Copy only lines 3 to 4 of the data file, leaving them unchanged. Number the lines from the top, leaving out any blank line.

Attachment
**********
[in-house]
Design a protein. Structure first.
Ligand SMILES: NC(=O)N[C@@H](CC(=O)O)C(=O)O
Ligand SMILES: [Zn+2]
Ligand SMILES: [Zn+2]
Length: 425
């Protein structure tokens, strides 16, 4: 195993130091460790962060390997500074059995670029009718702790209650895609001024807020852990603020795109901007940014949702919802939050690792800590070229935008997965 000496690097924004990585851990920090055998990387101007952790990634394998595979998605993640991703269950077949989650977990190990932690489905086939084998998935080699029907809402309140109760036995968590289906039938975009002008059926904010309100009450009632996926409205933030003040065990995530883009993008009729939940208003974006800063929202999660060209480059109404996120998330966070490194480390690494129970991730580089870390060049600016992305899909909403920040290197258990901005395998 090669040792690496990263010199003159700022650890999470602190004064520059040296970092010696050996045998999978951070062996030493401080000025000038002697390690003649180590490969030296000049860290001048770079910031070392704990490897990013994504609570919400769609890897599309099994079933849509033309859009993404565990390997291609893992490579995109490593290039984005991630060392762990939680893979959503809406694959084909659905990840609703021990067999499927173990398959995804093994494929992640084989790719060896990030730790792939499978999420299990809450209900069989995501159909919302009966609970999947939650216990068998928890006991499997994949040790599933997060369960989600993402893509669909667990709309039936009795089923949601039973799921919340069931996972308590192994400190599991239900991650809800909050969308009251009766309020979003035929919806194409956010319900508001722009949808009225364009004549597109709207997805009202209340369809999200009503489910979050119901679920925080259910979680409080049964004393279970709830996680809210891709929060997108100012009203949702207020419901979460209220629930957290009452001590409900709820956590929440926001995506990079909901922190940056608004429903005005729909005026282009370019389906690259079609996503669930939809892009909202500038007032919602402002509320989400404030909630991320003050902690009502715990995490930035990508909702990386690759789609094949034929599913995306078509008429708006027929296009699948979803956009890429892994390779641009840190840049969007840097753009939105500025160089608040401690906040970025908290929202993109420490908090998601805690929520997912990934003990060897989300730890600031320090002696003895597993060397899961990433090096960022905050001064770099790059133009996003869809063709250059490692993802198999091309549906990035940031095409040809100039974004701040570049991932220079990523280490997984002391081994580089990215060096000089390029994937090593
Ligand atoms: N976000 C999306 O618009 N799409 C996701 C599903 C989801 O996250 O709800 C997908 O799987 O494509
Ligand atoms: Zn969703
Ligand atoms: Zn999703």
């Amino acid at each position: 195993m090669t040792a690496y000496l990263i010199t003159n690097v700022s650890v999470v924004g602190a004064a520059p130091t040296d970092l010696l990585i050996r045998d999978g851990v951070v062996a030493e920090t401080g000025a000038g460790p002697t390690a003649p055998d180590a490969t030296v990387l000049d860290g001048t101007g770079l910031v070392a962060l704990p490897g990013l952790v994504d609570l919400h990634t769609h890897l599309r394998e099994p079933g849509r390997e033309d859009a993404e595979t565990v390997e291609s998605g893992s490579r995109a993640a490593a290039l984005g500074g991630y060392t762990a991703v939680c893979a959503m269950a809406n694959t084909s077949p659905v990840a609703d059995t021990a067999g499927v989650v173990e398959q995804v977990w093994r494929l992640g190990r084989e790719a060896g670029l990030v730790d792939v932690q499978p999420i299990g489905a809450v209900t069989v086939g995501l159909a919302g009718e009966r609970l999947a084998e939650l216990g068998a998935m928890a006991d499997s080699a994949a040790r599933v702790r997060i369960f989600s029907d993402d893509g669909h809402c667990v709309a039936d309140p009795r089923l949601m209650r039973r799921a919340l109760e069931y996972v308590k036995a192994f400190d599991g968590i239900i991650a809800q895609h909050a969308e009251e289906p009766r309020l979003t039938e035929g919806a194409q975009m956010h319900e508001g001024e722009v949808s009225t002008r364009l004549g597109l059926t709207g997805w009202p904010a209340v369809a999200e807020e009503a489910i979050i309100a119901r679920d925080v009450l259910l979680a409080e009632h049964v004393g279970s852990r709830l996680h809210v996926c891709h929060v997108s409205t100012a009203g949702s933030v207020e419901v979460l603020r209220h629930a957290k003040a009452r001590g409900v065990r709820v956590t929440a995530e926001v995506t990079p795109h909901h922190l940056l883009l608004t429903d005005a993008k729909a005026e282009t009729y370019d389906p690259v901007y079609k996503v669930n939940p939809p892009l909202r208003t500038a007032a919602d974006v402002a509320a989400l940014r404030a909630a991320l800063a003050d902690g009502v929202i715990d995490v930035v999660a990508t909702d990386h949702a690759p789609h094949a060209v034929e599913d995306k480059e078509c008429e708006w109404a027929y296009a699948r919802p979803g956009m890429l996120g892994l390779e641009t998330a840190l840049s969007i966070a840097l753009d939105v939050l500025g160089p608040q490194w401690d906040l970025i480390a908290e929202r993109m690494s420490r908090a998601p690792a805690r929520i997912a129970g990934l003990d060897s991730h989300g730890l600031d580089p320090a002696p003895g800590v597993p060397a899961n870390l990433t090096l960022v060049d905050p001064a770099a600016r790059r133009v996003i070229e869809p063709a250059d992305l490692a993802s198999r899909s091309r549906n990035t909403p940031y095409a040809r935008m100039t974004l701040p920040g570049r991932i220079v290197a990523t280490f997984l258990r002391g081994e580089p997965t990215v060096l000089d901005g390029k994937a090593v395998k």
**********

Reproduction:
Ligand SMILES: NC(=O)N[C@@H](CC(=O)O)C(=O)O
Ligand SMILES: [Zn+2]